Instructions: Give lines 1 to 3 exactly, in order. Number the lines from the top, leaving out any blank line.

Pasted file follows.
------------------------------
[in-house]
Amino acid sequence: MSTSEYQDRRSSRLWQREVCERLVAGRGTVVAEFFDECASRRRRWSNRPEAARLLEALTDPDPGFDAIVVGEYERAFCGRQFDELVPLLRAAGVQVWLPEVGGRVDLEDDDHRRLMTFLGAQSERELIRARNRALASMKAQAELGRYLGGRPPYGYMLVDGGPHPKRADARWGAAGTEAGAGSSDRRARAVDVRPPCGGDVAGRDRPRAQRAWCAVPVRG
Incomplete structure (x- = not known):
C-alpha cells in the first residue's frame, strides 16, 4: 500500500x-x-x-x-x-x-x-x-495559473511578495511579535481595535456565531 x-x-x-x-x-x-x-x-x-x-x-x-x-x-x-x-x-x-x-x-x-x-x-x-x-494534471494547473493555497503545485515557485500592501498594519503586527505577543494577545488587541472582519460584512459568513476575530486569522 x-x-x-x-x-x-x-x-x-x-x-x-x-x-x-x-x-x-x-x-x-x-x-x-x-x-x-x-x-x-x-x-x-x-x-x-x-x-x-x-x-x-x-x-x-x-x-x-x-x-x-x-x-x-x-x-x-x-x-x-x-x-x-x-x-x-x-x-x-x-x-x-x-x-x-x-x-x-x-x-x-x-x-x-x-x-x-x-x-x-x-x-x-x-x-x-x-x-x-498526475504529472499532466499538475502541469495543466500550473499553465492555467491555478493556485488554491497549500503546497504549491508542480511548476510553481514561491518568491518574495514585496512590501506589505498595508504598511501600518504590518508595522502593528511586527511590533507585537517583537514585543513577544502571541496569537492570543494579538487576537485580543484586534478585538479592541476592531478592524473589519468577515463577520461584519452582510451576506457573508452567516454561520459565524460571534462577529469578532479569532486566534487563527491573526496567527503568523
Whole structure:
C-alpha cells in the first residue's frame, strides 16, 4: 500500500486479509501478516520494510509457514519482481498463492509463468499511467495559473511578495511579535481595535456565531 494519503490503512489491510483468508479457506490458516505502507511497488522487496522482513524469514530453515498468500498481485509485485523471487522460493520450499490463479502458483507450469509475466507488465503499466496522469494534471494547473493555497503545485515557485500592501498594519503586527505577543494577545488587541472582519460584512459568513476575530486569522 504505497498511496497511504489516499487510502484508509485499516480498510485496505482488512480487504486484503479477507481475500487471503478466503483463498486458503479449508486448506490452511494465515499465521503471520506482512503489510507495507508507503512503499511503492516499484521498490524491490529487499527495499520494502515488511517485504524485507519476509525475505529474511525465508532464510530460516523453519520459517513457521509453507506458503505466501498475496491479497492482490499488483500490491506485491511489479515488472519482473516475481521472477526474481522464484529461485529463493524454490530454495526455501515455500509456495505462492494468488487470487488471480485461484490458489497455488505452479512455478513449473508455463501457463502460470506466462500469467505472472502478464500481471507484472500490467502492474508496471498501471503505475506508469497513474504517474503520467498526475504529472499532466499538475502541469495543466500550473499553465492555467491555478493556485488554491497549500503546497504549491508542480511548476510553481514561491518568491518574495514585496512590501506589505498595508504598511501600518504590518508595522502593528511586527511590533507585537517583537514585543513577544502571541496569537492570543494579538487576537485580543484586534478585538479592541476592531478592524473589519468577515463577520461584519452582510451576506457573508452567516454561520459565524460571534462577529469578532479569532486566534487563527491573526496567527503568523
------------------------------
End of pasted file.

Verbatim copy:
[in-house]
Amino acid sequence: MSTSEYQDRRSSRLWQREVCERLVAGRGTVVAEFFDECASRRRRWSNRPEAARLLEALTDPDPGFDAIVVGEYERAFCGRQFDELVPLLRAAGVQVWLPEVGGRVDLEDDDHRRLMTFLGAQSERELIRARNRALASMKAQAELGRYLGGRPPYGYMLVDGGPHPKRADARWGAAGTEAGAGSSDRRARAVDVRPPCGGDVAGRDRPRAQRAWCAVPVRG
Incomplete structure (x- = not known):